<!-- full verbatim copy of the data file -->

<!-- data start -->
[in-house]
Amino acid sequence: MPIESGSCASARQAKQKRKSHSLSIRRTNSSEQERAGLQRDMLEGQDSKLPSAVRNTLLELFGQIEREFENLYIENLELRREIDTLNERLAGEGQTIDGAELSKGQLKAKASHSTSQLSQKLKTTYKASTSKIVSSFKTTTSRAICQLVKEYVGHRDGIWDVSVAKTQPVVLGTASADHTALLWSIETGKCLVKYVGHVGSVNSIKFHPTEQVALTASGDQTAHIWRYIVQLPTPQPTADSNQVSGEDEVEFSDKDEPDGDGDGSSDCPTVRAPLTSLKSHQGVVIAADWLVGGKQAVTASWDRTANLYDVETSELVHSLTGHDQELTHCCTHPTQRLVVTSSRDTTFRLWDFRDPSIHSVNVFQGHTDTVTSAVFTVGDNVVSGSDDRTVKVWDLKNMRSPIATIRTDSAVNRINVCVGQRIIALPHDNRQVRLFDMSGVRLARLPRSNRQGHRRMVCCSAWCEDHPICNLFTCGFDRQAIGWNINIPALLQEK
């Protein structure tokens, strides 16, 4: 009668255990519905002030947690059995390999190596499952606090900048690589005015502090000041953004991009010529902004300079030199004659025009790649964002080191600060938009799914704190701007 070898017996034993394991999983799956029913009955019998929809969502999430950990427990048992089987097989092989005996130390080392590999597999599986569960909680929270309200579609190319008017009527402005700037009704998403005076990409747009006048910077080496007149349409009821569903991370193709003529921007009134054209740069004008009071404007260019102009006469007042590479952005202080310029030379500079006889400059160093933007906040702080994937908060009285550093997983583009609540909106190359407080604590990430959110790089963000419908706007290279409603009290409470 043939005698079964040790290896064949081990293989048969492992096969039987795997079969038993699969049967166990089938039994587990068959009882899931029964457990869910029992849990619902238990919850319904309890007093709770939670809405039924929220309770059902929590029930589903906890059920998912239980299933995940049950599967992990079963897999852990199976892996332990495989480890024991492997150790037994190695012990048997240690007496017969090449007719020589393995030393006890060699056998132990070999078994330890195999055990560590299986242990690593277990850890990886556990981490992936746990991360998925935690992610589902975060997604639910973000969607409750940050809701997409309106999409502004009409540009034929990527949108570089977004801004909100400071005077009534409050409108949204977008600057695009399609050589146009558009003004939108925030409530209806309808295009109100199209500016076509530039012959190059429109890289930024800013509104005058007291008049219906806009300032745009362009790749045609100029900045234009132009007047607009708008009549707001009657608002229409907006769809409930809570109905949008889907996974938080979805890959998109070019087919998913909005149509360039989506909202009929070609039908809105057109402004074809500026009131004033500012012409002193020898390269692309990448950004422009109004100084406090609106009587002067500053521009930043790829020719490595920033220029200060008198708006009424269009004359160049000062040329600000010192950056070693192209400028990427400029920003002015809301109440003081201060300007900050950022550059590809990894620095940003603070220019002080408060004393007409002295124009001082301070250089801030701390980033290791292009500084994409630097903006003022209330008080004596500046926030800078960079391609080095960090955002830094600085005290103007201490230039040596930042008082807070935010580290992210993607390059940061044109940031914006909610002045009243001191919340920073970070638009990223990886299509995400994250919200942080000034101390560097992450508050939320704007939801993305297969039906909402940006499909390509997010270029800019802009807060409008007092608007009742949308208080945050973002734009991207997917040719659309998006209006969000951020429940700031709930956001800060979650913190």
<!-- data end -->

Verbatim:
[in-house]
Amino acid sequence: MPIESGSCASARQAKQKRKSHSLSIRRTNSSEQERAGLQRDMLEGQDSKLPSAVRNTLLELFGQIEREFENLYIENLELRREIDTLNERLAGEGQTIDGAELSKGQLKAKASHSTSQLSQKLKTTYKASTSKIVSSFKTTTSRAICQLVKEYVGHRDGIWDVSVAKTQPVVLGTASADHTALLWSIETGKCLVKYVGHVGSVNSIKFHPTEQVALTASGDQTAHIWRYIVQLPTPQPTADSNQVSGEDEVEFSDKDEPDGDGDGSSDCPTVRAPLTSLKSHQGVVIAADWLVGGKQAVTASWDRTANLYDVETSELVHSLTGHDQELTHCCTHPTQRLVVTSSRDTTFRLWDFRDPSIHSVNVFQGHTDTVTSAVFTVGDNVVSGSDDRTVKVWDLKNMRSPIATIRTDSAVNRINVCVGQRIIALPHDNRQVRLFDMSGVRLARLPRSNRQGHRRMVCCSAWCEDHPICNLFTCGFDRQAIGWNINIPALLQEK
């Protein structure tokens, strides 16, 4: 009668255990519905002030947690059995390999190596499952606090900048690589005015502090000041953004991009010529902004300079030199004659025009790649964002080191600060938009799914704190701007 070898017996034993394991999983799956029913009955019998929809969502999430950990427990048992089987097989092989005996130390080392590999597999599986569960909680929270309200579609190319008017009527402005700037009704998403005076990409747009006048910077080496007149349409009821569903991370193709003529921007009134054209740069004008009071404007260019102009006469007042590479952005202080310029030379500079006889400059160093933007906040702080994937908060009285550093997983583009609540909106190359407080604590990430959110790089963000419908706007290279409603009290409470 043939005698079964040790290896064949081990293989048969492992096969039987795997079969038993699969049967166990089938039994587990068959009882899931029964457990869910029992849990619902238990919850319904309890007093709770939670809405039924929220309770059902929590029930589903906890059920998912239980299933995940049950599967992990079963897999852990199976892996332990495989480890024991492997150790037994190695012990048997240690007496017969090449007719020589393995030393006890060699056998132990070999078994330890195999055990560590299986242990690593277990850890990886556990981490992936746990991360998925935690992610589902975060997604639910973000969607409750940050809701997409309106999409502004009409540009034929990527949108570089977004801004909100400071005077009534409050409108949204977008600057695009399609050589146009558009003004939108925030409530209806309808295009109100199209500016076509530039012959190059429109890289930024800013509104005058007291008049219906806009300032745009362009790749045609100029900045234009132009007047607009708008009549707001009657608002229409907006769809409930809570109905949008889907996974938080979805890959998109070019087919998913909005149509360039989506909202009929070609039908809105057109402004074809500026009131004033500012012409002193020898390269692309990448950004422009109004100084406090609106009587002067500053521009930043790829020719490595920033220029200060008198708006009424269009004359160049000062040329600000010192950056070693192209400028990427400029920003002015809301109440003081201060300007900050950022550059590809990894620095940003603070220019002080408060004393007409002295124009001082301070250089801030701390980033290791292009500084994409630097903006003022209330008080004596500046926030800078960079391609080095960090955002830094600085005290103007201490230039040596930042008082807070935010580290992210993607390059940061044109940031914006909610002045009243001191919340920073970070638009990223990886299509995400994250919200942080000034101390560097992450508050939320704007939801993305297969039906909402940006499909390509997010270029800019802009807060409008007092608007009742949308208080945050973002734009991207997917040719659309998006209006969000951020429940700031709930956001800060979650913190």